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5 Things I can't do without: Featuring hoof trimmer Hugh Smythe

Progressive Dairyman Editor Peggy Coffeen Published on 31 May 2019
hoof trimmer Hugh Smythe

For 29 years, Hugh Smythe has made a living by making cow comfort a priority. As a hoof trimmer, he spends his days making sure cows throughout British Columbia can put their best hoof forward.

Smythe hails from Vancouver Island, where he does most of his work. However, he also travels to northern and eastern British Columbia to trim around 10,000 cows each year.

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When asked what is the best part of his job, Smythe is quick to reply that it’s the people he serves. “My clients are more like family,” Smythe states.

He also identified these five critical items that make it possible for him to trim effectively and efficiently every day:

1. “My wife.” Smythe says there is no better motivator who encourages him on a daily basis than his wife of 29 years, Shawna Smythe.

2. “I wouldn’t be trimming without my elevator chute.” Smythe credits his well-made, trimmer-friendly chute from Appleton Steel with buying him “a lot of years as a hoof trimmer.”

As the cow enters the chute, it lifts the animal for him to work on it, compared to the previous method of bending over to trim. The result is a more ergonomic work space.

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3. Disks and grinders. Titanium discs (Trim-Tec) and a well-made grinder (Metabo) help Smythe save time and money while trimming. The replaceable carbide blades are lightweight, thus reducing trimmer fatigue.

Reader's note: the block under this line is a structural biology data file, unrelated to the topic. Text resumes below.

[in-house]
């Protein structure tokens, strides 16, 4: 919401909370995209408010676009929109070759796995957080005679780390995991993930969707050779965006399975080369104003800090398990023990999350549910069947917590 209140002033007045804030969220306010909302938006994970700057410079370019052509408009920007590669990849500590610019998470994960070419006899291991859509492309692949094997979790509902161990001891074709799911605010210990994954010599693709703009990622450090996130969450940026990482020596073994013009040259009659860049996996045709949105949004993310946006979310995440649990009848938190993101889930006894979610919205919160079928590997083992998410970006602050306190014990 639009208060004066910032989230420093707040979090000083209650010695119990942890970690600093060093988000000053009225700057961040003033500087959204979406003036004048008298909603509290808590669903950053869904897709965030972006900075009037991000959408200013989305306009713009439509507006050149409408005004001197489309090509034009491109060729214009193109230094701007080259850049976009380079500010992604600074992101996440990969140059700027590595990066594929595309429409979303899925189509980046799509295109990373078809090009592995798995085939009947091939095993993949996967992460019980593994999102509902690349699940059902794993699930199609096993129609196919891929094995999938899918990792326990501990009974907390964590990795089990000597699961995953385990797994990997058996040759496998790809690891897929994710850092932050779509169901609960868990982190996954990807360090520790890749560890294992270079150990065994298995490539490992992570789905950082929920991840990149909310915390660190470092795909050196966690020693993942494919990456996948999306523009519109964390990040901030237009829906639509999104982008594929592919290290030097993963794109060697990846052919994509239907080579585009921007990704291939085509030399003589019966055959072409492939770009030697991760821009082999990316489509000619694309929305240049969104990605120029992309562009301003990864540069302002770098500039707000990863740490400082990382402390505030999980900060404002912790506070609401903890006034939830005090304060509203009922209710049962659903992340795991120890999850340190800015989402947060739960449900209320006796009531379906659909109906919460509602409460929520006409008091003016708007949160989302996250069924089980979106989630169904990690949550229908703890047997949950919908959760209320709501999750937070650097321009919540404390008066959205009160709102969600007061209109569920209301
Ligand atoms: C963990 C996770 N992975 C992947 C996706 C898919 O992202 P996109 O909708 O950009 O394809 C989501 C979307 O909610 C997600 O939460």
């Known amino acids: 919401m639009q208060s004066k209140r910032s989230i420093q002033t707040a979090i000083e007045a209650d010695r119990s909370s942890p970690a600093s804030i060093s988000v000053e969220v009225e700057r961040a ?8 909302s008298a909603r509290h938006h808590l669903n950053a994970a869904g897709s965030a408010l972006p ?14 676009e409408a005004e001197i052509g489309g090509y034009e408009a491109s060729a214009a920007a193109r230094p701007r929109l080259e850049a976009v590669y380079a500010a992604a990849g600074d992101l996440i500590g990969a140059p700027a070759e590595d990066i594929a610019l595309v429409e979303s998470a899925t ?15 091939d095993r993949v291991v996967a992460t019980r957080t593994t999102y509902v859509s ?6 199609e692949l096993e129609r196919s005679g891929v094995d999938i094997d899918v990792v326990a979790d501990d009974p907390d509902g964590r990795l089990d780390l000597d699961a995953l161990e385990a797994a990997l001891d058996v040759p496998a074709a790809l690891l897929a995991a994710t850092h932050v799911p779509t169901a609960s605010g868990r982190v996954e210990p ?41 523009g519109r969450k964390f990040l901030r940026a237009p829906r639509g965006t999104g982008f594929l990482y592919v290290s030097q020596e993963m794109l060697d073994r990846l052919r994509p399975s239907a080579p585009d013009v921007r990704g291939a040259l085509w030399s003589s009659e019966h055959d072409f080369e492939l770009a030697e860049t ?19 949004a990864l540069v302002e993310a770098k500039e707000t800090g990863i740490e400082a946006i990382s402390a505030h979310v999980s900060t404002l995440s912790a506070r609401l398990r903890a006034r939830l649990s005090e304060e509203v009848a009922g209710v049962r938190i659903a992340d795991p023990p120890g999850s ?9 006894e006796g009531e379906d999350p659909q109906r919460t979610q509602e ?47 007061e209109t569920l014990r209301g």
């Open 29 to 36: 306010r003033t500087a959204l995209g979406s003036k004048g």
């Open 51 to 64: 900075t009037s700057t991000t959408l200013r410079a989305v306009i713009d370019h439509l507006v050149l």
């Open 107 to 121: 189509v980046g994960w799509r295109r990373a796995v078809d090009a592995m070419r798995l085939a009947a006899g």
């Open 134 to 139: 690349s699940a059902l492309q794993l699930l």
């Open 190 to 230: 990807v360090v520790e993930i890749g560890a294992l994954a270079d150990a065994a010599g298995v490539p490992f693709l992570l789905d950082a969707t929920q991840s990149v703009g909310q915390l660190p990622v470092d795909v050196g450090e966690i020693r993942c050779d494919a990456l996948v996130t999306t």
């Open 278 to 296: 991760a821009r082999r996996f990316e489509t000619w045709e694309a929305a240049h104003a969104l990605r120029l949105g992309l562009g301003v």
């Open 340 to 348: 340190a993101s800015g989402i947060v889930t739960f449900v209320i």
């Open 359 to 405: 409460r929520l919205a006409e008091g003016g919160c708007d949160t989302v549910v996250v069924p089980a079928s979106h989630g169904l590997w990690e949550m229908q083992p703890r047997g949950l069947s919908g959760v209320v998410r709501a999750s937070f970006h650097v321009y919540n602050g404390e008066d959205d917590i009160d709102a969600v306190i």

“I can’t put a price on the value of these tools,” Smythe adds. “They result in cow comfort and impact how quickly the job can be done and cows can get back to the bunk and making milk.”

4. Western Canadian Certified Hoof Trimmers Association. As a member of the WCCHTA, Smythe keeps up on his continuing education and skills by completing a recertification program every two years.

He also believes there is value in collaborating with other progressive trimmers to bring consistency to their work and the knowledge they share with clients in the field.

“If you’re not moving forward, you are moving backward,” he says. “This is one way of moving forward as hoof trimmers.”

5. Block adhesive and wrap. For nearly 30 years, Smythe’s staple products for holding it all together have been Mini Moo Gloo for attaching blocks and cattle wrap for applying treatments and wrapping digital dermatitis and white-line lesions.  end mark

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PHOTO: Hoof trimmer Hugh Smythe. Photo by Peggy Coffeen.

Peggy Coffeen
  • Peggy Coffeen

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